Paraguay or Paraguay (in both spellings, AFI: / paraˈɡwai /), officially the Republic of Paraguay, is a South American state. It borders Bolivia to the north, Brazil to the east and Argentina to the south and west. With 406 750 km² of total area, it is a landlocked state. It has 6 996 245 inhabitants and its capital is the city of Asunción. Paraguay is a presidential republic, and the current head of state and government is Mario Abdo Benítez, who has been in office since 15 August 2018.
The official languages are Spanish and Guaranì, but other Amerindian languages are also spoken. The name Paraguay means "the ocean that goes towards the water", from the words guaranì, pará ("ocean"), gua ("to, to / from") and y ("water"). In Guaranì the expression often refers only to Asunción, but in Spanish it refers to the whole country. The flag of Paraguay has a unique peculiarity in the world. In fact, the two sides of the flag are different: the central design with the logo and the title of the country on one side and the lion on the other.
The region that is now called Paraguay, largely wooded and fertile, was inhabited in pre-Columbian times by semi-nomadic warrior tribes.
The tribes were divided into five separate "families", and 17 distinct ethnic-linguistic groups, which still remain today.
The Spanish colonization
Europeans arrived in the area in the sixteenth century. The first residential colonization was the founding of the city of Asunción on August 15, 1537 by the Spanish explorer Juan de Salazar y Espinoza.
The city became the center of Spanish colonization, and also the base of the Jesuit missions in Latin America.
The foundation of Jesuit religious missions continued to spread like wildfire in the territory until 1767, the date of expulsion of the Jesuits from the territories of the Spanish crown, wanted by the Spanish government; testifying to this period is the name of those territories, still defined today as "Misiones". The foundation of the missions was based largely on conversion to Christianity, and economically and politically oriented to support the transformation of the population, for semi-nomadic necessity, in resident population, but also in compliance with the principles of local culture; it therefore also adapted to the “ethnic” pride that still characterizes the local populations today.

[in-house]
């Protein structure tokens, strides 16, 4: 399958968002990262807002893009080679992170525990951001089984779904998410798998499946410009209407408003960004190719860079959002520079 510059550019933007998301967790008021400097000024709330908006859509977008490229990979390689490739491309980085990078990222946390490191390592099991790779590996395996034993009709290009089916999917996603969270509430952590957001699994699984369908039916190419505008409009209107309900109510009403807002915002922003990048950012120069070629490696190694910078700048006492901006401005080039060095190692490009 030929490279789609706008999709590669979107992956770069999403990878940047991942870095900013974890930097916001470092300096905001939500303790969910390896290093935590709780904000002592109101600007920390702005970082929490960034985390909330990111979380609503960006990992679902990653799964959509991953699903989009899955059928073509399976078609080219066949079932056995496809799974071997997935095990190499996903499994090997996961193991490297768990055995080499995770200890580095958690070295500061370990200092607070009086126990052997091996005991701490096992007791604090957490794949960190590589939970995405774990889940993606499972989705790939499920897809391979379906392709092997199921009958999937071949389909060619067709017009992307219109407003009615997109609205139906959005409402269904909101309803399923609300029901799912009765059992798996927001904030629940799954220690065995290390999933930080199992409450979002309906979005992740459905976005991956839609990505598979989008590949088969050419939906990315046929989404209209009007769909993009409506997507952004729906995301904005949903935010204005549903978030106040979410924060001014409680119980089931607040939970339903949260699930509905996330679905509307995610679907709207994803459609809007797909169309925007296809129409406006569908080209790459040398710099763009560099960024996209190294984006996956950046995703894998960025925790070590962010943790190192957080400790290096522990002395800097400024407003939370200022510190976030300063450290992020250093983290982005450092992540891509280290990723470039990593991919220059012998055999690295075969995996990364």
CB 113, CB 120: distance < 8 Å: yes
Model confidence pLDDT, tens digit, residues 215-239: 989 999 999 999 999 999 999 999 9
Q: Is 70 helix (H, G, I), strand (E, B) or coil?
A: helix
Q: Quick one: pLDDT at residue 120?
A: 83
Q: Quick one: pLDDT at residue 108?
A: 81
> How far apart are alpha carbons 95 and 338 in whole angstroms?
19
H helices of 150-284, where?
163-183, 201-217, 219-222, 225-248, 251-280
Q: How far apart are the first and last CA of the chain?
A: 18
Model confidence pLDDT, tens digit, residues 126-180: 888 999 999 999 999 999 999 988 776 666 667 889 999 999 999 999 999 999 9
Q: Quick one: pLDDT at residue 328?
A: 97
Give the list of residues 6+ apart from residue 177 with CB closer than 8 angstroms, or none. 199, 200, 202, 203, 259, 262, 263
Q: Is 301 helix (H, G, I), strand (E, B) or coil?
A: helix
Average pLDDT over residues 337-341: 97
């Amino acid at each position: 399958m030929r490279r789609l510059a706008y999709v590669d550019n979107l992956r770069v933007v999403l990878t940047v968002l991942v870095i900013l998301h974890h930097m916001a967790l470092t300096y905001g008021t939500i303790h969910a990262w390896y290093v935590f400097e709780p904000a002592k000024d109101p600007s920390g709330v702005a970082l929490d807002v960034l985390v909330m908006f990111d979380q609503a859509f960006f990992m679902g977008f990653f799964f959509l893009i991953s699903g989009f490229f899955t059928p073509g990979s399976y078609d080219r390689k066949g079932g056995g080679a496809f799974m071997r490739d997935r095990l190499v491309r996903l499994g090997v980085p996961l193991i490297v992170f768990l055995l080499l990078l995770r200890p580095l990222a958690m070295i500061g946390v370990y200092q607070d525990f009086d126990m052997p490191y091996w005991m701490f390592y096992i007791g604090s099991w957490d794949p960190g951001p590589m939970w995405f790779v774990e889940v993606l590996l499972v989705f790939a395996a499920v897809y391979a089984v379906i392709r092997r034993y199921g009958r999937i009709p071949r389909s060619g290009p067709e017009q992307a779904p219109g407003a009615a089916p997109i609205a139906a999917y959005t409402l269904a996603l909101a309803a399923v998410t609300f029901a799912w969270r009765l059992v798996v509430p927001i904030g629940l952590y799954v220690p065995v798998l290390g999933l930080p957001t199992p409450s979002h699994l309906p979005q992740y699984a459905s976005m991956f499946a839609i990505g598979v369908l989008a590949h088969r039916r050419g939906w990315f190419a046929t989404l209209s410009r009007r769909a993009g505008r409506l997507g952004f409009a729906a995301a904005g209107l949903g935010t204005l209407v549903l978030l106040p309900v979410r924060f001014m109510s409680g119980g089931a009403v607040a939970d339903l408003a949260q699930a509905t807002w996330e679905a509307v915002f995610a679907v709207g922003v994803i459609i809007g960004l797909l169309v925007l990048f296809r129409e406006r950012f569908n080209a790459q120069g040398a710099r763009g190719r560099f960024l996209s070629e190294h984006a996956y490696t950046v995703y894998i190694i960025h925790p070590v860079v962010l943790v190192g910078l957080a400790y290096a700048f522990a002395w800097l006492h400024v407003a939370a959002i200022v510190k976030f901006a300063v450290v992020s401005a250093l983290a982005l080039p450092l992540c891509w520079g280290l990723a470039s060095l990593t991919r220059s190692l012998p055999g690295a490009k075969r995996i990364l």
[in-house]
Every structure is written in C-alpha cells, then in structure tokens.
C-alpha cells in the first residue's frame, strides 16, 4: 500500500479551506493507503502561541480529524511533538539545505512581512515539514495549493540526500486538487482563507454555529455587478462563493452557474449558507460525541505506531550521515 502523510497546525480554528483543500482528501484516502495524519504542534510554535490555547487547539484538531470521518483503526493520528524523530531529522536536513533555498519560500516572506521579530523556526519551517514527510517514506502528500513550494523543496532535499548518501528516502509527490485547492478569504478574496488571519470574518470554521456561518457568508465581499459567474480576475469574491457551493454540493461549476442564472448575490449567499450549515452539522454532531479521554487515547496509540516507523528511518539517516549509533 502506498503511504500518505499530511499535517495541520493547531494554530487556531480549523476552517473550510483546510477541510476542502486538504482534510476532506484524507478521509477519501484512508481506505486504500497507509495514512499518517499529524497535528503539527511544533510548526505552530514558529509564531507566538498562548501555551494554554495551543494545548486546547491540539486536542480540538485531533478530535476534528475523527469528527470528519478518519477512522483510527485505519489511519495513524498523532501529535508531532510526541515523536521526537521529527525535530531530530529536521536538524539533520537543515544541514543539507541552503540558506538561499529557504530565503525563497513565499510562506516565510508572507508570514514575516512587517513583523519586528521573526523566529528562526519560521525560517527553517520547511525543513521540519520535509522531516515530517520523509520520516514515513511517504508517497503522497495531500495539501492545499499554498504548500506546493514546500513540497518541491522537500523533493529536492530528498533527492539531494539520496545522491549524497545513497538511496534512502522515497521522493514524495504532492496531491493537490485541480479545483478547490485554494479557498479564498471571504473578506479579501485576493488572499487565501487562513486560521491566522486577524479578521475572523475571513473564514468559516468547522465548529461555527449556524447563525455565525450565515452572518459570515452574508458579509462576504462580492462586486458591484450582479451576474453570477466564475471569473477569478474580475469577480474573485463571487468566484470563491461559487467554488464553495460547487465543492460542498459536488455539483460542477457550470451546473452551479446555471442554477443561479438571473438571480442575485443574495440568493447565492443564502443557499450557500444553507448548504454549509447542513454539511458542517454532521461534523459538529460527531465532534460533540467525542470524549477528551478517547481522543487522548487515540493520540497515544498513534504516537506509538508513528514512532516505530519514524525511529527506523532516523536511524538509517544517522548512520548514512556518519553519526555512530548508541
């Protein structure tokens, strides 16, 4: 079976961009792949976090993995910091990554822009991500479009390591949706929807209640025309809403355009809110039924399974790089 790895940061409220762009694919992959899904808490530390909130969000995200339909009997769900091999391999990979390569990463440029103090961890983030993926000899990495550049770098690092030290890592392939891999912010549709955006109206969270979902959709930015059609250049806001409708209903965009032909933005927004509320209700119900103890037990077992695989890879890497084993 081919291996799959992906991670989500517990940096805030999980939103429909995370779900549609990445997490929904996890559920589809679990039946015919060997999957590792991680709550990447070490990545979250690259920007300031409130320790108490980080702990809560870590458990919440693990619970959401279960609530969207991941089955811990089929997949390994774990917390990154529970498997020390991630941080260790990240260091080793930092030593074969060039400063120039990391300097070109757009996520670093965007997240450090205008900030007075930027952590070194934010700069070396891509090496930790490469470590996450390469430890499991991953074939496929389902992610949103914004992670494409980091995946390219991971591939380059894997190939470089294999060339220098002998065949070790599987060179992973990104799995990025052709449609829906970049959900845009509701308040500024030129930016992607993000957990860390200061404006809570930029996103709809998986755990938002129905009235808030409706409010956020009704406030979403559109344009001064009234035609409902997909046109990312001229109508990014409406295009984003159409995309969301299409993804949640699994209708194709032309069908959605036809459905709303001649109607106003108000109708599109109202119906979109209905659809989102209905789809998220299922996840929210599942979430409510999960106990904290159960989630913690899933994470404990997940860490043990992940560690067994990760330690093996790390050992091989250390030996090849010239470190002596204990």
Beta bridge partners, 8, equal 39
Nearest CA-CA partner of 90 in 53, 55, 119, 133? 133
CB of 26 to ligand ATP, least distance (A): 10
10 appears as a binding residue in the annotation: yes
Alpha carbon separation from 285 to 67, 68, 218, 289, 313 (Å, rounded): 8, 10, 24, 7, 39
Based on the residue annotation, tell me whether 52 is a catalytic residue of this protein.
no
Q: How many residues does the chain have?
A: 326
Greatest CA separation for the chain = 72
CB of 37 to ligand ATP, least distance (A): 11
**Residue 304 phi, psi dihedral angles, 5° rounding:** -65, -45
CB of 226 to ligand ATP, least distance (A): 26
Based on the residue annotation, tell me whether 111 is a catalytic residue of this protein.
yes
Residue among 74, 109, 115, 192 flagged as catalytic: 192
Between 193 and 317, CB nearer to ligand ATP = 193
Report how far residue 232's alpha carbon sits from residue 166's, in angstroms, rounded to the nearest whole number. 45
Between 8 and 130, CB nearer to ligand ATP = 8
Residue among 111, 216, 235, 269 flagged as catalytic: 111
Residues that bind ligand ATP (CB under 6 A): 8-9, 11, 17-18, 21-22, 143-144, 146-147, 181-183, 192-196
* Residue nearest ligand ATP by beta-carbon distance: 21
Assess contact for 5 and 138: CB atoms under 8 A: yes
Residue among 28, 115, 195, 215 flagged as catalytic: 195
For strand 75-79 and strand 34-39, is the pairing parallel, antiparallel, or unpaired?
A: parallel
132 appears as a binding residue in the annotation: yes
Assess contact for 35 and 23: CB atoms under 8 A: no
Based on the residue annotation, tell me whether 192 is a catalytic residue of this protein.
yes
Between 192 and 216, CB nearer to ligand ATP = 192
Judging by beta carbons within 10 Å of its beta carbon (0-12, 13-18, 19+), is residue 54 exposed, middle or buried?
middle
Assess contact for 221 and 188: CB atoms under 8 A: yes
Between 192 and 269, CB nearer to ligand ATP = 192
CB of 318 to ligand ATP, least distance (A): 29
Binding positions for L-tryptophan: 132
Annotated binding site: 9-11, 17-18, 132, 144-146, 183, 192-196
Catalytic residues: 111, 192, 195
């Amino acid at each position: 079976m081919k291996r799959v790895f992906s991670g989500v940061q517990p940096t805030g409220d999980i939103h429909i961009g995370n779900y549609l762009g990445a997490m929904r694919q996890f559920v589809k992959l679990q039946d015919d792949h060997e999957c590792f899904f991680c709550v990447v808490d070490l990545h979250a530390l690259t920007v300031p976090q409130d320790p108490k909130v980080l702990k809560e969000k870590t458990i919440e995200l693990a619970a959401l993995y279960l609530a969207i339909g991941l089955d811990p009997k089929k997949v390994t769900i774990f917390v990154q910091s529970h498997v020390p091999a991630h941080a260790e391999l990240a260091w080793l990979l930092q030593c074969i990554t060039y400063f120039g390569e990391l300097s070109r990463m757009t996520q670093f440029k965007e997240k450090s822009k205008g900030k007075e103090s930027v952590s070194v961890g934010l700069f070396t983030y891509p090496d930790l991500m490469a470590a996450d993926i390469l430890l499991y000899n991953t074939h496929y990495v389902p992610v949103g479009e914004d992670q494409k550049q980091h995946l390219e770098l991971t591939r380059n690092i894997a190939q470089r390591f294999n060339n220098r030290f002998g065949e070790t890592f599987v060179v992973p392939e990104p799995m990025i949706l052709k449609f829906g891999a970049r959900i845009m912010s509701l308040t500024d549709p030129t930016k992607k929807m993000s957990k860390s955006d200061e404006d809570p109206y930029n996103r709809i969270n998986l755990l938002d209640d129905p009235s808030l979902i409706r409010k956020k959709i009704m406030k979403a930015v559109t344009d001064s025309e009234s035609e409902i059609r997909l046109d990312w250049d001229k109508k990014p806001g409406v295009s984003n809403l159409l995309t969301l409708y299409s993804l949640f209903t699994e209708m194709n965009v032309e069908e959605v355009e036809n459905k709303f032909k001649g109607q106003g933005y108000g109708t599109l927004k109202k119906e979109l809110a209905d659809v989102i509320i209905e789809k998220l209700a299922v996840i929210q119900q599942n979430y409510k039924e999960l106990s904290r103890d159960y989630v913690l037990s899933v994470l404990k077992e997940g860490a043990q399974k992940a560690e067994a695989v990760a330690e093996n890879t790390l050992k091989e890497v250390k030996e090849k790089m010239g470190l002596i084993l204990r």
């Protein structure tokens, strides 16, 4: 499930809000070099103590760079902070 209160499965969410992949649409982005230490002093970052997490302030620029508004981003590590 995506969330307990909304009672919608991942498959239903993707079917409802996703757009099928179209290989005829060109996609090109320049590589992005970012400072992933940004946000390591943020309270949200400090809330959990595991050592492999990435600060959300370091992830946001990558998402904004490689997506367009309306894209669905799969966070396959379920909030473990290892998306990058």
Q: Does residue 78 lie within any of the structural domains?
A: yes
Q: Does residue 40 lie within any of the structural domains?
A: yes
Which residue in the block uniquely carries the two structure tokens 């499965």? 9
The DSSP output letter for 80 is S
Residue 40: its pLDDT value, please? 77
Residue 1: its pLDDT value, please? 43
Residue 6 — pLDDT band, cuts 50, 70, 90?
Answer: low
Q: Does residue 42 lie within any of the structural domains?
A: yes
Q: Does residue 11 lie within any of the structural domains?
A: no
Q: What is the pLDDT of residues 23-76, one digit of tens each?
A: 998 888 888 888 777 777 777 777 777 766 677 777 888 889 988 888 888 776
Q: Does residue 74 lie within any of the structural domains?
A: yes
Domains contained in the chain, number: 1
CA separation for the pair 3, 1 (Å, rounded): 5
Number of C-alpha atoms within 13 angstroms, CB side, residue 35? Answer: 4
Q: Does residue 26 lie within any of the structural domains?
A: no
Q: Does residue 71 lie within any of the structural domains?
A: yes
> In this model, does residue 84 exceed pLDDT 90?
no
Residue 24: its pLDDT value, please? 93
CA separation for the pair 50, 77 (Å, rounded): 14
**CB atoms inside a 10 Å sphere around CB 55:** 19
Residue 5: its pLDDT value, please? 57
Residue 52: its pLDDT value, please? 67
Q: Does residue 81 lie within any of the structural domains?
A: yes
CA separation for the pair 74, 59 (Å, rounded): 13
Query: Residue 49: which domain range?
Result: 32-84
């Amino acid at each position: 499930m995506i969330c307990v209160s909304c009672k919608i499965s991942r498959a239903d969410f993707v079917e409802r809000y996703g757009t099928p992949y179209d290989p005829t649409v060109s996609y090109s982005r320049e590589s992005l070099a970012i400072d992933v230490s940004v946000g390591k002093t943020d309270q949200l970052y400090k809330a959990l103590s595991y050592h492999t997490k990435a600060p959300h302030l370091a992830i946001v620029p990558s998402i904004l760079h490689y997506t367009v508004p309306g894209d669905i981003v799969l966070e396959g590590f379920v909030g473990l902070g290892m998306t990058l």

Paraguay declared independence after overthrowing local Spanish management on May 14, 1811. After repelling two invasion attempts by Argentina in 1811, halting the invasion of General Manuel Belgrano during the Paraguayan Campaign, between the December 1810 and March 1811 (the battle of Campichuelo and the battle of Itapùa saw Argentina prevail by measure on 19 December 1810, but with the battle of Paraguarí on 19 January 1811 and finally on 2 March with the battle of San Nicolás and on March 9 with the battle of Tacuarí, they rewarded the Paraguayan army), a period of strong political instability began for the South American country.
Since then, the history of Paraguay has been characterized by long periods of political instability and internal strife, often resulting in devastating wars with neighboring countries. Paraguay fought for five years (1864-1870) the fiercest and most violent war in South America, the War of the Triple Alliance against Brazil, Argentina and Uruguay, promoted by Paraguayan President Francisco Solano López, remaining defeated; López's attack on the city of Corrientes as a cause of the conflict was later contested by a group of Argentine and Paraguayan historians, called "revisionists", according to whom the precursors of the war are to be found in the treaty signed in December 1857 by Argentina and Brazil. To give the measure of the human and social disaster of the war it is enough to know that the pre-war population was there